England’s Euro 2022 victory means so much to women’s football’s lost generation

By Lindsay McCombie at Wembley Stadium.

Walking along Wembley Way on Sunday afternoon with thousands of people arriving for the Euro 2022 final was a ‘pinch me’ moment.

As in, ‘I can’t believe I’m here to see England play in a final’ – and ‘I can’t believe over 87,000 people are here to see it too!’

As part of the ‘lost generation’ of women who were never encouraged to play football growing up, I’ve always felt like an onlooker… I can watch, but can’t play.

I grew up in an all male, football loving family and weekends were spent watching my brother and my dad playing for their respective teams. But I never played – it never even crossed my mind. 

It wasn’t until I left university and started working at Charlton Athletic that I saw football as a sport for women – to play.

The Charlton team at that time included names like Eni Aluko, Fara Williams and Casey Stoney, who all went on to have highly successful careers in the women’s game – but many of their teammates were not so fortunate. At that time they all had day jobs and trained a couple of evenings a week. For many other players, day-to-day life would have gotten in their way.

I have followed the women’s game ever since then and in the build up to the European Championship final I had many conversations with others with similar stories – whether it was the ‘99ers, Kelly Smith’s iconic goal celebration where she took off her boot and kissed it at the 2007 World Cup, or witnessing Team GB at Wembley at London 2012.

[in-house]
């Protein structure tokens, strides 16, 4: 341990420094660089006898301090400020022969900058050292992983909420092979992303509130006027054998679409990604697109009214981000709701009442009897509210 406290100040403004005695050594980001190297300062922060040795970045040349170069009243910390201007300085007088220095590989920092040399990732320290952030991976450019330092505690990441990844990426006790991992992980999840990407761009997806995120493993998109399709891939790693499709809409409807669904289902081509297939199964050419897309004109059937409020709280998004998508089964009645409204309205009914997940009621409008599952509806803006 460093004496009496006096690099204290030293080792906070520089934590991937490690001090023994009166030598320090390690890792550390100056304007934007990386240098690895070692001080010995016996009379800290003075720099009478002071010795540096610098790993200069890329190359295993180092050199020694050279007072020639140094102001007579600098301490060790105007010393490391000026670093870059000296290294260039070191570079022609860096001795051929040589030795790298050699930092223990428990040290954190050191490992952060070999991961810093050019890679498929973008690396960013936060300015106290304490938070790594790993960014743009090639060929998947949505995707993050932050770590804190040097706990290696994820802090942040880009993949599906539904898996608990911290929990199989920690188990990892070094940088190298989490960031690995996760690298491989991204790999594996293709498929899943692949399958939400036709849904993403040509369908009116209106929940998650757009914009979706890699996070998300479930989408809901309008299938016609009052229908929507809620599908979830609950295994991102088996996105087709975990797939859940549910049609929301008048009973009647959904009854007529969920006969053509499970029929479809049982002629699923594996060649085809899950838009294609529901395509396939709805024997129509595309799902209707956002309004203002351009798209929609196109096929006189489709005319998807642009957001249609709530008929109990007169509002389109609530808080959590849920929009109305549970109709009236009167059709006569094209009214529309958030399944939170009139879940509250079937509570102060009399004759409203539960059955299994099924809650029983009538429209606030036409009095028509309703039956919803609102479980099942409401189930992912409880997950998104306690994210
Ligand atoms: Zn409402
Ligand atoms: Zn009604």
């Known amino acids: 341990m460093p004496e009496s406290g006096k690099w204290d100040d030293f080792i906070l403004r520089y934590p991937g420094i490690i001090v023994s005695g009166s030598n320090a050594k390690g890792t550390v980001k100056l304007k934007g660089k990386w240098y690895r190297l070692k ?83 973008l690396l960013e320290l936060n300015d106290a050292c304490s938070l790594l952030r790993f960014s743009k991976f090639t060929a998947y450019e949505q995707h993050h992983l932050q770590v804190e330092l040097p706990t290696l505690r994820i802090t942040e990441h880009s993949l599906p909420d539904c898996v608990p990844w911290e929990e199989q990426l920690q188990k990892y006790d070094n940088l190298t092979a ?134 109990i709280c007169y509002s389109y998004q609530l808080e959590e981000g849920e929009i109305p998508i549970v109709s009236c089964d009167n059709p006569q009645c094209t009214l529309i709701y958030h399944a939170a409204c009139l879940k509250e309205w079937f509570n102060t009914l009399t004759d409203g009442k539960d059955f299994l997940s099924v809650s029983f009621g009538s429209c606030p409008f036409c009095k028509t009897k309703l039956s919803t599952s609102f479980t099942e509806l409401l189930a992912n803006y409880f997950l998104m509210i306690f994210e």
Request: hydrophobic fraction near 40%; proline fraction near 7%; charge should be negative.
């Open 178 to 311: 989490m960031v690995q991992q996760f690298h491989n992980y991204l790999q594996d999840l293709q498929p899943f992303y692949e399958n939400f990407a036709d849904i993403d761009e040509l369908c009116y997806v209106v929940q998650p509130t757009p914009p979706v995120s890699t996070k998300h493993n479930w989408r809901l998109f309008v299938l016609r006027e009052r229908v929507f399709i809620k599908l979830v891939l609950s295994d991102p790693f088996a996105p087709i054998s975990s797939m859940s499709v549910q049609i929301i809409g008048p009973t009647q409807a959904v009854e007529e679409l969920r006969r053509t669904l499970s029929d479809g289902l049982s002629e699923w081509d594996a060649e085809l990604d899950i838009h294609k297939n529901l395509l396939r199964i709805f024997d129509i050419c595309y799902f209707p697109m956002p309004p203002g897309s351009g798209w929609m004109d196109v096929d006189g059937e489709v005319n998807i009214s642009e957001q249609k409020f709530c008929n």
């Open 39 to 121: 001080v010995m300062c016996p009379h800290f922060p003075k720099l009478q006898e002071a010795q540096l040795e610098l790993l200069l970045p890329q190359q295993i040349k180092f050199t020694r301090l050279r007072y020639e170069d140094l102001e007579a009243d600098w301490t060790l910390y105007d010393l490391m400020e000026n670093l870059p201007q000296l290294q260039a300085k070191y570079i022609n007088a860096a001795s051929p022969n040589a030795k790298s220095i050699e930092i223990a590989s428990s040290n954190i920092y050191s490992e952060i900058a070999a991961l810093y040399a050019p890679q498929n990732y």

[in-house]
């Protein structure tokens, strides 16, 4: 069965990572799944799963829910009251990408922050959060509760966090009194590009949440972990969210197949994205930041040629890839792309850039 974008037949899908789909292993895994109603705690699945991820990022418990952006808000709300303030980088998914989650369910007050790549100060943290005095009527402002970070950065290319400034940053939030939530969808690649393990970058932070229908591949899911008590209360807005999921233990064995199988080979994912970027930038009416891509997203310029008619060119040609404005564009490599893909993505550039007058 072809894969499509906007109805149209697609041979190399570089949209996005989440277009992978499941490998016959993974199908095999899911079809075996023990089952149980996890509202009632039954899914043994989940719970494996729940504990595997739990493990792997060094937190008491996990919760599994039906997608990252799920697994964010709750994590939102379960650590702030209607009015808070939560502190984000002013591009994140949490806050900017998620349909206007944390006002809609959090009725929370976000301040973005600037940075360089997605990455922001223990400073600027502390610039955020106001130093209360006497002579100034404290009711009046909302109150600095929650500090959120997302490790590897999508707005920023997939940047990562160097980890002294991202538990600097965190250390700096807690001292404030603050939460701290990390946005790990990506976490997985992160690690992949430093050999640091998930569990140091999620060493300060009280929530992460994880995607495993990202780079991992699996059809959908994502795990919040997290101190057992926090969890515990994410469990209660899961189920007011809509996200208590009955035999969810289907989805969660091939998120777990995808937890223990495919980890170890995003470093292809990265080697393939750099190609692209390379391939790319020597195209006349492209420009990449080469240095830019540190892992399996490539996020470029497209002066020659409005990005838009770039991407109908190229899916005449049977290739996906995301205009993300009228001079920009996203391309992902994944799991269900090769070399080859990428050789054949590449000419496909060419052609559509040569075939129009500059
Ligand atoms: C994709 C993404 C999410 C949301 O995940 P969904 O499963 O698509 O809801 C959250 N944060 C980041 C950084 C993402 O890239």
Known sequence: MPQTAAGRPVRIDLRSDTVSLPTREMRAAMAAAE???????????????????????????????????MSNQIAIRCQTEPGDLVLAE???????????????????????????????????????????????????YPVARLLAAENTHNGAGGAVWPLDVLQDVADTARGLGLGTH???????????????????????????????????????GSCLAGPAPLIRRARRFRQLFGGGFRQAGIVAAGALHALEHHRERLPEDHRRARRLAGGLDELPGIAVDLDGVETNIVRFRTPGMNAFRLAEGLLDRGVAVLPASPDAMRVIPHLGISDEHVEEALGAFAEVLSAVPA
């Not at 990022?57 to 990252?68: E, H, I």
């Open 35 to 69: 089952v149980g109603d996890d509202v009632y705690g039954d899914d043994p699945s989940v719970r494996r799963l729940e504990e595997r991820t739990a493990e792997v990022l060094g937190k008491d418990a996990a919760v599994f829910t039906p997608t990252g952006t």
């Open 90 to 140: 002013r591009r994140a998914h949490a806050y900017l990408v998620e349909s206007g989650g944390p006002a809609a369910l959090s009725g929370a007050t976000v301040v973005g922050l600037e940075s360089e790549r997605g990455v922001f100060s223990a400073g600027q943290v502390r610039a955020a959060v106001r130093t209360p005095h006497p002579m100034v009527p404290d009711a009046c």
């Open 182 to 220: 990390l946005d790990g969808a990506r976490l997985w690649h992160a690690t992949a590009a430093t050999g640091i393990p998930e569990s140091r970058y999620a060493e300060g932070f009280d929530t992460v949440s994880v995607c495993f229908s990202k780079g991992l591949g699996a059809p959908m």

Everyone has a story about how they found the women’s game, because it’s not overtly there like the men’s. You have to find it.

Until Euro 2022.  

This tournament has had it all – exceptional quality on and off the pitch with record crowds, record score lines, Mexican waves – and of course, an England vs Germany final.

Before Sunday’s showpiece, you would have been forgiven for thinking the competition would be remembered for Alessio Russo’s back heel…

Hearing a sellout Wembley crowd shout ‘Toooooooooooooone’ when she was subbed on was spine tingling (you don’t usually get this in women’s football) and then when she subsequently scored. Wow. What a finish. Is this really happening? 

And then there’s Chloe Kelly, who credits much of her success to playing with her brothers in the cages on her estate when she was a kid. She, for me, epitomises what this generation of Lionesses can achieve – beyond lifting their first major trophy.

Because now I’m a mum, who encouraged her daughter to play the game I wasn’t allowed to, and she loves it. But only a few months ago, that eight-year-old suddenly stopped playing.


She overheard a group of boys her age saying ‘girls shouldn’t be allowed to play football.’

Surely this can’t continue to happen now… 

Much was made of Ian Wright’s comments on TV about girls playing football in PE at school, which really resonated with me and many people like me. Both the England captain Leah Williamson and head coach Sarina Wiegman have spoken about their performance causing societal change for women in this country. 

How fitting that Kelly’s winning goal celebration in extra time was a nod to Brandi Chastain who secured the 1999 World Cup for the USA. Soccer is seen as a women’s game stateside.

Now everyone knows about women’s football, where do we go from here?

Yes it came home, but to the lost generation, it means so much more…

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